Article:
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Breconshire Insurance Committee.











County Cricket.







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Builth Guardians.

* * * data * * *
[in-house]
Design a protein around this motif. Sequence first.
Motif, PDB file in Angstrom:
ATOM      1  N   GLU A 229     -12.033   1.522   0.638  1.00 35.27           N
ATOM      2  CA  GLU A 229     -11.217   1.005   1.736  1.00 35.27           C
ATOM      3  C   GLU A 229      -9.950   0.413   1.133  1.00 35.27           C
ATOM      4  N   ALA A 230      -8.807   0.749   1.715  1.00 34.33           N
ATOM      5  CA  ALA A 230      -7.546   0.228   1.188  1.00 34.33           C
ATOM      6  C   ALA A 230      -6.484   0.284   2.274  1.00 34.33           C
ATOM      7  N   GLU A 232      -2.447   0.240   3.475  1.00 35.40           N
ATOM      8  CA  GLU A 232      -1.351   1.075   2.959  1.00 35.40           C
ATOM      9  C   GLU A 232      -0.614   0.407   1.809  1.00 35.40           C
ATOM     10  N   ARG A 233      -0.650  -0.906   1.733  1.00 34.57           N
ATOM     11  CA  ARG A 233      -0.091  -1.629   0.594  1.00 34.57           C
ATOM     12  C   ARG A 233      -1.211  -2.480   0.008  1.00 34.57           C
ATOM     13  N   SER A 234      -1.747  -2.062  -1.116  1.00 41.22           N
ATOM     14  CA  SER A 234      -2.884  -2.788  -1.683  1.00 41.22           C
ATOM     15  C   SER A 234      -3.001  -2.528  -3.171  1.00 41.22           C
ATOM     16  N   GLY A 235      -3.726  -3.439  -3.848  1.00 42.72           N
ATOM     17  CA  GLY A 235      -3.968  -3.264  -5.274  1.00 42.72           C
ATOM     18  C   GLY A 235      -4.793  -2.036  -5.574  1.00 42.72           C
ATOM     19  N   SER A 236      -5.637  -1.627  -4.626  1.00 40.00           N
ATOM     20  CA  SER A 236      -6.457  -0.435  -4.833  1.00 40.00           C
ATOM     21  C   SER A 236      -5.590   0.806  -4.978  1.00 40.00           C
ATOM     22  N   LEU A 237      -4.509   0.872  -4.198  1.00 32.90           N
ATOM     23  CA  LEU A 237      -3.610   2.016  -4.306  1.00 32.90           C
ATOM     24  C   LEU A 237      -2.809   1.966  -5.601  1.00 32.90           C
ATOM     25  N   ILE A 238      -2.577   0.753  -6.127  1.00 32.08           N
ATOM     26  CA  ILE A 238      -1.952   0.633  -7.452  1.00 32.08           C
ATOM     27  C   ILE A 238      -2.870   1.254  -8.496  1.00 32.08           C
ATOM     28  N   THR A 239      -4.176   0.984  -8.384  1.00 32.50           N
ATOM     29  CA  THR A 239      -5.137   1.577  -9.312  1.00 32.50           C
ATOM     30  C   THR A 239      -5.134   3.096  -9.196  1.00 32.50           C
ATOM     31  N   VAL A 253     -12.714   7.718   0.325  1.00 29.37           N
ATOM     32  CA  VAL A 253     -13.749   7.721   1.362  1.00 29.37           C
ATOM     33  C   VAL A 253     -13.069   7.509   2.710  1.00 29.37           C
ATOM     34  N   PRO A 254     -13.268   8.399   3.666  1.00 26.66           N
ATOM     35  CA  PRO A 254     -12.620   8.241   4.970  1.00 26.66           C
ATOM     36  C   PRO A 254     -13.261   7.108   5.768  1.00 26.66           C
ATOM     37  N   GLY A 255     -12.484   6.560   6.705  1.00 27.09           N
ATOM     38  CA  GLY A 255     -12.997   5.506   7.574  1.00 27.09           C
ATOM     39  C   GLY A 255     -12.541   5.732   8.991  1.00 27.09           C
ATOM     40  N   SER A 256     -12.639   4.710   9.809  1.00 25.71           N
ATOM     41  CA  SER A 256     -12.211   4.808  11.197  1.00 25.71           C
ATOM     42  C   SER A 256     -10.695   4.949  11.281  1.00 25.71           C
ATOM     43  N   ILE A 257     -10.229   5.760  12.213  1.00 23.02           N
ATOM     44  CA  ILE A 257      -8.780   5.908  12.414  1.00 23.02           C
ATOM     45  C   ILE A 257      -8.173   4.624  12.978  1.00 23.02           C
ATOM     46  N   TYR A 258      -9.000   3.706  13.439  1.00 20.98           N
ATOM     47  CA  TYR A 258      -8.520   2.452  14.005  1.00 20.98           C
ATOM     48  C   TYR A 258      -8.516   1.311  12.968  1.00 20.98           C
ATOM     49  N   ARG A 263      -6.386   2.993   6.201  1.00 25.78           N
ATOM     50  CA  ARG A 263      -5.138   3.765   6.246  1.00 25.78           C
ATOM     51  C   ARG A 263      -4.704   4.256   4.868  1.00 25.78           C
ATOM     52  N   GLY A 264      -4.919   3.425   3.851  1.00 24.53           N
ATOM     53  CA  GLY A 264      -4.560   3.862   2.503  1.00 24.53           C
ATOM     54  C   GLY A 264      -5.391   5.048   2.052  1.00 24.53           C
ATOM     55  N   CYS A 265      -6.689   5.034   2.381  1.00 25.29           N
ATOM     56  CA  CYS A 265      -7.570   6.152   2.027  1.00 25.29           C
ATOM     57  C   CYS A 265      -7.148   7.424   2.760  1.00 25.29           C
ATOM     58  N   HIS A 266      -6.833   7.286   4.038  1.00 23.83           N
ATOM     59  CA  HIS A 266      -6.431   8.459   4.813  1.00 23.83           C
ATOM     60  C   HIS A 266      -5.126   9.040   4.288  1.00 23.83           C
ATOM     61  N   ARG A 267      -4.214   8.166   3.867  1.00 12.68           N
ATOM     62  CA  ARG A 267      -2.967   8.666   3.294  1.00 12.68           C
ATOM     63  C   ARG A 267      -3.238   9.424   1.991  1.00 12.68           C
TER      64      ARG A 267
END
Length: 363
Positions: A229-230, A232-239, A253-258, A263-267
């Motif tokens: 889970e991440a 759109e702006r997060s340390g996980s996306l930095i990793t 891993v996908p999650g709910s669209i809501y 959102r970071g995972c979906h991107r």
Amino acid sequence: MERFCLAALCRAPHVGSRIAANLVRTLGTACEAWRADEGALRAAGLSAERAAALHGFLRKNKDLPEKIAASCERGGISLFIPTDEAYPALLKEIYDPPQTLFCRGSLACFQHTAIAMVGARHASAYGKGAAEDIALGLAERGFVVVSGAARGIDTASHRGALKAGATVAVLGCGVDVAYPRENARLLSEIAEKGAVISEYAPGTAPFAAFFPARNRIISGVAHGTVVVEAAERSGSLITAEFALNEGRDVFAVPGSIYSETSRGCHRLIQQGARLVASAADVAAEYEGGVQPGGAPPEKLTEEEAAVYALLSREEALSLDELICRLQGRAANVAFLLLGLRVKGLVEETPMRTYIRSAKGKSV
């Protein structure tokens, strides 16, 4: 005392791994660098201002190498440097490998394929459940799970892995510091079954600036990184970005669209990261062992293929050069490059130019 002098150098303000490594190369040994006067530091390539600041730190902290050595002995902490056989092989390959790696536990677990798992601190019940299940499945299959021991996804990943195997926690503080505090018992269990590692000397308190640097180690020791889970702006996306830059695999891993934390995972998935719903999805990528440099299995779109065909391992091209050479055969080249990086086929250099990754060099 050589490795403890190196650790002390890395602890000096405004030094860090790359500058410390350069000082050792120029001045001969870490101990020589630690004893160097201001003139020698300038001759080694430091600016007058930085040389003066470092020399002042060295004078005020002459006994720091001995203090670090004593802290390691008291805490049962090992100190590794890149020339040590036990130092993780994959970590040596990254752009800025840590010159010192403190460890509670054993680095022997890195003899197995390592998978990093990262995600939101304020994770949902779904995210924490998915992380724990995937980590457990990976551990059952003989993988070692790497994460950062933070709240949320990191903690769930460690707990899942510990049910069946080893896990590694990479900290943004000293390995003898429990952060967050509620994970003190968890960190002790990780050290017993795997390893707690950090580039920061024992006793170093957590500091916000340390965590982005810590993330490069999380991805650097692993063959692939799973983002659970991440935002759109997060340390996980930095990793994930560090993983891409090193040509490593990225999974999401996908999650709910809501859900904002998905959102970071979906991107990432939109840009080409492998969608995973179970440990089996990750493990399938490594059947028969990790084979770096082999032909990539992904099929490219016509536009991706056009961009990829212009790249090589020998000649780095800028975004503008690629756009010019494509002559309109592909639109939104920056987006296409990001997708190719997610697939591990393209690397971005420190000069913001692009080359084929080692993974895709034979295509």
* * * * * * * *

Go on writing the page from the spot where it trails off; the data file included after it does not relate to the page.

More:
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BUILTH WELLS NATURALISTS At the Priory Church, Brecon. [SPHCIAL TO THE COUNTY TIMES."] To attempt anything like an adequate des- cription of the old Priory Church at Brecon within the compass of a newspaper article is im- possible. A few general impressions of the I ancient pile must suffice. Promptly at 3 o'clock on Saturday we were met by our guide, Miss Gwenllian E F Morgan, who first addressed the Builth contingent near the Font. The Builth Naturalists have now listened to many gentle- men, distinguished in the various branches of Natural Historv, but this was the first time we were privileged to listen to a lady. We have bad lectures on botanical subjects, archaeology, ornithology, geology, &c., but it is safe to say that Miss Morgan's address was equal to any in lucidity, cogency and general excellence. Without a note and with admirable precision, she expounded the antiquities of the church, the "long drawn aisle and fretted vaults," the chancel with its rich design, the glories of the ancient pile. The church stands on an eminence, as Leland says, "without the waulle up the Rise of Honddye." It was formerly called The Church of the Holy Rood, "Ecclesia sanche crucia." The stone corbels on which the Rood beams rested are still intact, and stairs in the walls of the nave lead to doors which opened on the Rood-loft. The crucifix was credited with miraculous powers, and its virtues were greatly vaunted by the contemporary poets. Griffydd ap leuan recognized the primacy of Brecon, when he sang thus in 1518. Rhodded er nodded i ni lawn obaith Val yn aber bodni." The Rood was of enormous size, and the list of its virtues was practically sterotyped. The bliftl received their sight, cripples walked, the mentally alHicted were restored to sanity. THE HISTORY OF THE CHURCH. The present Church is supposed to be the third built on the original site. After the de- molition of the first Church, the second was built by the redoubtable Bernard de Newmarch, first upholder of the Norman sway in Brecon- shire. Of the Norman Church the only remains are the once richly decorated font, and the walls in the nave adjoining the west arch of the tower. The third church was begun in the first part of the 13th cen tury, tbe magnifict nt chancel, the glory of the church, the transepts and massive tower being erected in the time of Giles de Brios, Bishop of Hereford. The lofty nave exhibits the change from the Early English to the Decorated style, and was built in the 14th century when the De Bohuns were masters of the district. The simplicity and chasteness of the recumbent effigy of a lady,one of the Games of Aberbran, are admirable. The simplicity, proportional balance, and harmonious blend of the nave are very striking. The north and south aisles were separated from the central aisle up to 100 years ago by carved wooden screens emblematic of the trade guilds of Brecon. THE GUILD CHAPELS. These Guild Chapels of the Corvizors and Tailors, the Weavers and Tuckers are full of interest, and point to the fact that the commerce of the town was by no means unimportant in early days. The Guilds were bodies who banded together for the mutual protection of trade interests, and were the natural precursors of the modern Trades Unions. In the ancient guilds there was a proper blend of business and piety, and the merchants came forward with benefac- tions as the Lord prospered them. It may be interesting for Builth readers to recall that there was an ancient Hansa Guild in our town, whose privileges are detailed in the old town charter, which is still extant. The rich wool staplers and other successful merchants were wont to return thanks as the Lord prospered them, and many of the finest chantry chapels have been founded by the wealth of these religious guilds or fraternities. Not only did these religious guilds exist for the purpose of mutual assistance; they also expended large sums of money on charitable works. In one of the Guild Chapels at Brecon is an effigy in stone, which Dr. Milner, a high authority, considers to be that of a lay- man, probably a provost of one of the trade guilds. THE TOWER AND CHANCEL. Proceeding along the nave our guide explained to us the massive and impressive tower, where the Early English work begins. The massive tower, "four square to all the winds that blow," viewed from the outside, contributes to the sense of bulk and severity, for the building was at once a temple and a fortress. This im. pression is emphasized on viewing the embattled parapets and 'the bulky walls. Miss Morgan pointed out that the two inner shafts of the nave and chancel arches stop at the corbels where stood the rood screens, ending in carved foliage. There are six bells above. The chancel is the chiefest glory of the church, and in the words of Mr Freeman is "one of the choicest examples of Early English style." There is a charm and beauty which belie the external severity, and the restoration admirably accords with the original intention. The richly moulded doorways leading to the side chapels, the beauti- ful windows, the triple piscinse, and richly ornamented sedilia were much admired. THE EAST WINDOW. The East Window is worthy of notice. It is filled with stained glass in memory of the bravelofficers and men who were cut to pieces at Isandhlwana, in Zululand, or at Rorke's Drift 10 miles away. This happened in 1879, and the British force was almost annihilated by an over- whelming force of Zulus. Out of 800 British soldiers only 40 escaped. A brass tablet on the north wall of the sanctuary commemorates the names of the men who fell at Rorke's Drift. The Regiment, the 24th, was closely connected with Brecon, and contained the largest number I of Y.C.'s in the army. THE HAVARD CHAPEL. This was called after tbe Havards, an influen- tial Norman family in the district. Many of tbe yeomen of Breconshire possess this surname to- day, although the only relic of the original family is a stone bearing their crest and motto I under the east window. The altar tomb of the renowned Welsh Justiciary, Sir David Williams, is also in this chapel. He was a man of eminence, and one of the Justices of Pleas, who died in 1613. He is here represented in his judicial robes, a scarlet coloured gown cuffed with ermine. The south transept is called Capel-y-Cochiad or chapel of the red-haired men. THE CRESSET STONE. Before leaving the Church we were shewn the Cresset stone behind the font. It was dis- covered in a garden at Brecon, and originally came from the Priory. The stone is remark- ably well preserved, and gave the "dim religious light" to the monks as they chanted their even. ing prayers. There are thirty boles iu the stone, the circumference of each equalling that of an ordinary tea cup. These holes were filled with mutton fat, which contained wicks for the dim light. Miss Morgan described the history of the stone's discovery. It was found in a garden at Pendre, not far from the church, and had long remained in a neglected corner, and we owe its preservation to Miss Morgan's timely purchase. The Cresset bad been previously taken away from the church by someone pro- foundly ignorant of its value. Space forbids the description of a hundred and one points of interest. Before dispersing, Mr Rees Thomas, B.A., on behalf of the members of the Builth Naturalists' Society, paid a hearty tribute to Miss Morgan for so kindly explaining the antiquities of the I Priory Church, and Miss Morgan suitably responded. The day was perfect and we all agreed that this was one of the most enjoyable excursions we have had. THE NEXT EXCURSON. Although the Brecon excursion marks the termination of the official summer programme, there is a strong feeliug in favour of an additional outing. The next visit in the autumn will be to the Beulah District, when the Roman Mound at Caerau, the Motteand-Bailey at Dolaeron, and the Beacon Cam at Garn-Wen will be investigated.